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Multicellular Cell Differentiation Model: The control of root hair patterning in Aspergillus thaliana

  • Full or part time
    Dr N Savage
  • Application Deadline
    Applications accepted all year round
  • Self-Funded PhD Students Only
    Self-Funded PhD Students Only

Project Description

Plants absorb water and nutrients from the soil through hairs that grow along their roots. As such, being able to manipulate root hair numbers may be advantageous to the development of crops more resistant to drought and nutrient deficient soils.

The outer layer of root cells, in contact with the soil, is called the epidermis. Epidermal cells have the ability to grow a hair, in fact hair growth is thought to be their default developmental pathway. It would, however, be expensive for the plant to grow a hair from every epidermal cell and mechanisms have evolved to prevent hair growth in some. These mechanisms control the pattern of hair cells and are thus heavily dependent on spatial information, obtained by cell signalling.

In Arabidopsis, a complex transcription network, controlling the exit from the hair growth fate, has been uncovered. Mathematical modelling has shown this network to be sufficient to control many aspects of Arabidopsis root hair patterning [Savage 2008, Savage 2013]. Unpublished modelling data has highlighted gaps in our knowledge of root hair patterning control.

In this project we will be asking: Is there any way (parameter sets, initial conditions) the current network can reproduce some specific biological data? And what can be added/removed from the network to make it (more) robustly reproduce the data?

The student will generate and analyse mathematical/computational multicellular models of the Arabidopsis patterning network. The student will work in close collaboration with the Bishopp Lab, who will be performing the experiments within the project. The student will use modelling to help understand biological data, uncover biological mechanism, predict the outcome of experiments and aid experimental design.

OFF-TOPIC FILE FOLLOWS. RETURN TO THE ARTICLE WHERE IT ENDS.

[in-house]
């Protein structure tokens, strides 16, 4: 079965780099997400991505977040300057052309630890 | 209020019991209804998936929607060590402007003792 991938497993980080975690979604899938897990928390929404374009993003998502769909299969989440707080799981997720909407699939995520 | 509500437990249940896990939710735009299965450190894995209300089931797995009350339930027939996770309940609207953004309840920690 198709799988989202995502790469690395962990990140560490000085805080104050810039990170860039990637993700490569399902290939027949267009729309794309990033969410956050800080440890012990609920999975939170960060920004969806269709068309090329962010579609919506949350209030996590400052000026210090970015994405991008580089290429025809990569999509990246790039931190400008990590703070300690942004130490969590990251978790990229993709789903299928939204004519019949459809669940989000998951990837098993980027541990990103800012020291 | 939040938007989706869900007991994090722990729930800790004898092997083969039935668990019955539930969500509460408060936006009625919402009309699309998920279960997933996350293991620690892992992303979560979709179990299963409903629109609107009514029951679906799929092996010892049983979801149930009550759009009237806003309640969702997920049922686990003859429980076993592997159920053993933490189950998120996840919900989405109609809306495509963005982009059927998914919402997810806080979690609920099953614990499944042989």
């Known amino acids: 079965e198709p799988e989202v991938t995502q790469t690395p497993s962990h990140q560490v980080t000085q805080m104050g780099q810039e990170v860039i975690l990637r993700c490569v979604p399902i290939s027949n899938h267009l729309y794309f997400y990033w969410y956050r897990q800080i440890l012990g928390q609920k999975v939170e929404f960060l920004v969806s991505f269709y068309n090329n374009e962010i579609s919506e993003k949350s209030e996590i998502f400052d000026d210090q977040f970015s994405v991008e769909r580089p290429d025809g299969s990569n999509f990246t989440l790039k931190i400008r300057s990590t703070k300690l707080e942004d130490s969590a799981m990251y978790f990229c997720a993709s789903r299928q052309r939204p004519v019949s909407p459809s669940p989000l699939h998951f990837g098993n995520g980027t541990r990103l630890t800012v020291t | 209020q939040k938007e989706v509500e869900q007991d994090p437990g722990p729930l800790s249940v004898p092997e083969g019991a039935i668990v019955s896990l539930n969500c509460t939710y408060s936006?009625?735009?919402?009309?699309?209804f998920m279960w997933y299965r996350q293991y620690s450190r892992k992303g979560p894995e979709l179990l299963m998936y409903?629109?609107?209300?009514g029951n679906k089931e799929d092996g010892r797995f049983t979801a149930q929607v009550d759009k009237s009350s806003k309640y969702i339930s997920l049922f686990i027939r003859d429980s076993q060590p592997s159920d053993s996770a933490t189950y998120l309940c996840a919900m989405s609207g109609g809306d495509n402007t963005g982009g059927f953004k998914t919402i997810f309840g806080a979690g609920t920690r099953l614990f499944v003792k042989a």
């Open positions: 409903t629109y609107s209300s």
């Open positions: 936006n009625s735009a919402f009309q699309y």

Applicants should have a degree in mathematics, physics or computer science. Students with other degrees must have strong evidence of interest and achievement in mathematics and/or computation.

Funding Notes

The project is open to both European/UK and International students. It is UNFUNDED and applicants are encouraged to contact the Principal Supervisor directly to discuss their application and the project.

Assistance will be given to those who are applying to international funding schemes.

The successful applicant will be expected to provide the funding for tuition fees and living expenses.

A fee bursary may be available for well qualified and motivated applicants.

Details of costs can be found on the University website:
View Website

References

A Mutual Support Mechanism through Intercellular Movement of CAPRICE and GLABRA3 Can Pattern the Arabidopsis Root Epidermis (Journal article). Savage, N. S., Walker, T., Wieckowski, Y., Schiefelbein, J., Dolan, L., & Monk, N. A. M. (2008). A Mutual Support Mechanism through Intercellular Movement of CAPRICE and GLABRA3 Can Pattern the Arabidopsis Root Epidermis. PLoS Biology, 6(9), e235. doi:10.1371/journal.pbio.0060235

Positional signaling and expression of ENHANCER OF TRY AND CPC1 are tuned to increase root hair density in response to phosphate deficiency in Arabidopsis thaliana. (Journal article). Savage, N., Yang, T. J. W., Chen, C. Y., Lin, K. -L., Monk, N. A. M., & Schmidt, W. (2013). Positional signaling and expression of ENHANCER OF TRY AND CPC1 are tuned to increase root hair density in response to phosphate deficiency in Arabidopsis thaliana.. PloS one, 8(10), e75452. doi:10.1371/journal.pone.0075452

Cellular Patterning of Arabidopsis Roots Under Low Phosphate Conditions. George Janes, Daniel von Wangenheim, Sophie Cowling, Ian Kerr, Leah Band, Andrew P. French and Anthony Bishopp. Frontiers in Plant Science | June 2018 | Volume 9 | Article 735

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